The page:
On this day: Hugo Chavez is elected
December 6 1998: A landslide victory for Venezuela's leftist leader
Six years after he lead a failed coup against the government of President Carlos Andres Perez, Venezuela chose the anti-globalist revolutionary and former paratrooper Hugo Chavez as its president.
Seen domestically as a champion of the poor, he swept into power on a populist platform vowing to overhaul the South American country’s corrupt politics. The wealthy, the church and much of the media have come under criticism in his 12 years in power.
On the international stage, Chavez has focused on building controversial ties with states including Iran, Cuba and China, while his rule has seen Venezuelan-American relations plummet. The same can be said of Venezuelan-Israeli relations; earlier this year in a typically baffling comment Chavez accused Mossad of trying to kill him and said that Israel was financing the Venezuelan opposition.
The country is home to more than 10,000 Jews but relations between the community and the government are not strong. Anti-Jewish sentiment has been a problem throughout his presidency, and in the last decade synagogues have been desecrated and increasingly more antisemitic incidents have been reported.
Chavez has made speeches accusing "Semitic banks" of sabotaging the economy and offered his support to an indigenous Islamic group labelled "Hizbollah Venezuela.”In September he met members of the Venezuelan Confederation of Israelite Associations to discuss antisemitism in the country’s state-run media.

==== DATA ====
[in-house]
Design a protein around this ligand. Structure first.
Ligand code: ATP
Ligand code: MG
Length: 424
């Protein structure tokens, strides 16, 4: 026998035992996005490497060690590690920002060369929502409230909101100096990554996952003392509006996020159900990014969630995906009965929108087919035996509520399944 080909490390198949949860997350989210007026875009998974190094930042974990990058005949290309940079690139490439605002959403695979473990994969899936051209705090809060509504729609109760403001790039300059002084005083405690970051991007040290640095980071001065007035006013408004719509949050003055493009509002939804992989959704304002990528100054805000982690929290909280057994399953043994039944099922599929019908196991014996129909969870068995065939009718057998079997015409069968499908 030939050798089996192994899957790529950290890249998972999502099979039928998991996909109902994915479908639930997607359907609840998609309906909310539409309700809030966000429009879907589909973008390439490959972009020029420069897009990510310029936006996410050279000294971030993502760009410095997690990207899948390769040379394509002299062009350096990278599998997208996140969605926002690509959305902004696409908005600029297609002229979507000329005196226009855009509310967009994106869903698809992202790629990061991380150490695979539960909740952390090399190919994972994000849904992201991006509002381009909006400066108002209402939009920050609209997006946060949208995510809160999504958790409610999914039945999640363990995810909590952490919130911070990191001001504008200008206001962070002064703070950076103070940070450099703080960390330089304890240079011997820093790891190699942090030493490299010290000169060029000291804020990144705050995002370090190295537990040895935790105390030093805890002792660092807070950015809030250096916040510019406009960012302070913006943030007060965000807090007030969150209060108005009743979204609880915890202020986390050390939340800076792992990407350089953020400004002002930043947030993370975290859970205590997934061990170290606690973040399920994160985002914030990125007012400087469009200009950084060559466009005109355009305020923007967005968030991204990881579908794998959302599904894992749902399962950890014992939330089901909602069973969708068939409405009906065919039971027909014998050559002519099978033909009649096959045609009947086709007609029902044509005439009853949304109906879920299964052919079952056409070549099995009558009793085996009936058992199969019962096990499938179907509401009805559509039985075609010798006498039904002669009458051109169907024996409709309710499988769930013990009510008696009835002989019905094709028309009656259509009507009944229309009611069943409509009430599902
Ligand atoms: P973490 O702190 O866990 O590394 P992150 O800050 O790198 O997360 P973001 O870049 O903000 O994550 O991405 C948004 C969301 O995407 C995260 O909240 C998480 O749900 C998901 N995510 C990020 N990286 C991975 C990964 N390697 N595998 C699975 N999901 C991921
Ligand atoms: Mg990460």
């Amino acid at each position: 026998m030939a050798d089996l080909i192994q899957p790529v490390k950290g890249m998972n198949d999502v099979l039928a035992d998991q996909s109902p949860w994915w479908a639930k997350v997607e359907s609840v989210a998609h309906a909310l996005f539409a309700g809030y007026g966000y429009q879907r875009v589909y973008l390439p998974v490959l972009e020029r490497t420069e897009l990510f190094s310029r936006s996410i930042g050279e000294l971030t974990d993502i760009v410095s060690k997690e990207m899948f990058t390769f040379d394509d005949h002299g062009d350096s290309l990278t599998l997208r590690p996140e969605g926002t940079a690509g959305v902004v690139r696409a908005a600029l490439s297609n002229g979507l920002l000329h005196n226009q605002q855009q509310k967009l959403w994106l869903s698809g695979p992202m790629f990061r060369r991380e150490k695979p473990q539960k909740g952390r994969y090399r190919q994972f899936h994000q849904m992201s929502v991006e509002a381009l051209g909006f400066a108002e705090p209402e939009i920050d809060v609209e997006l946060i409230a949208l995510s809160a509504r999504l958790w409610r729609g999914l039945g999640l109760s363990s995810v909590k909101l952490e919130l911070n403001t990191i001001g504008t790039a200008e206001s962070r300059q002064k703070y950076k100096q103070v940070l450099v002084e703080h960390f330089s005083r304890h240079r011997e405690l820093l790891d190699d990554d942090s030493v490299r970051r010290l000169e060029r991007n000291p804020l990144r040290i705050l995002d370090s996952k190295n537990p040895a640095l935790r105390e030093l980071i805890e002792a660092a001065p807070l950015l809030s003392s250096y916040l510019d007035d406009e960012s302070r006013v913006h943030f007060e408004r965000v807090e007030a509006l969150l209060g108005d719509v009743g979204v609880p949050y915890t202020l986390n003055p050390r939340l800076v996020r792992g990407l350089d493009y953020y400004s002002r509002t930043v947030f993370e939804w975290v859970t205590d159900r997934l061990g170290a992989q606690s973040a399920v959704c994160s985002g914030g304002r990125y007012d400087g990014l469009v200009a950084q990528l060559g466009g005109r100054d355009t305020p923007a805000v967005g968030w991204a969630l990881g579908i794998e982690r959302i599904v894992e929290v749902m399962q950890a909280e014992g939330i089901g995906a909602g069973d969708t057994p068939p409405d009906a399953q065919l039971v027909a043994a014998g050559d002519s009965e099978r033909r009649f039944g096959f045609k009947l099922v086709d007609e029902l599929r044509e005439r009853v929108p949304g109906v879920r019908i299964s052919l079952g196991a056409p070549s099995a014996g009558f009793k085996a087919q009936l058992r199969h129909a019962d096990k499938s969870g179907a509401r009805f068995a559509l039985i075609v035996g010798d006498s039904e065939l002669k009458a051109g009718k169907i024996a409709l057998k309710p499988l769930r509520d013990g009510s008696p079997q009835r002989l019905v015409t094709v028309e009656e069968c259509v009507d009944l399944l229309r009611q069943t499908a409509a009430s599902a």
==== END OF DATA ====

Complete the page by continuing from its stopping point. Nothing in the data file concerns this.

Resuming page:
The meeting was described as a success by both parties, but last week a leaked diplomatic cable revealed the extent of the “dark horizon” for the Jewish community. Documents released by WikiLeaks showed, amongst other points, that Venezuelan Jews are viewed as foreigners.
What the JC said: Since Hugo Chavez took power, antisemitic expression has grown exponentially: in government media; in the dissemination of the Protocols of Zion; in the accusation that "Semitic banks" are sabotaging the economy; in the fact that the Caracas Jewish school was raided twice by armed forces "searching for Mossad-supplied arms caches"; in the desecration of two synagogues; and in the closing of the Israeli Embassy. The Venezuelan ambassador to Moscow even alleged that Jewish citizens implicated in a 2002 anti-Chavez coup were "Mossad agents".
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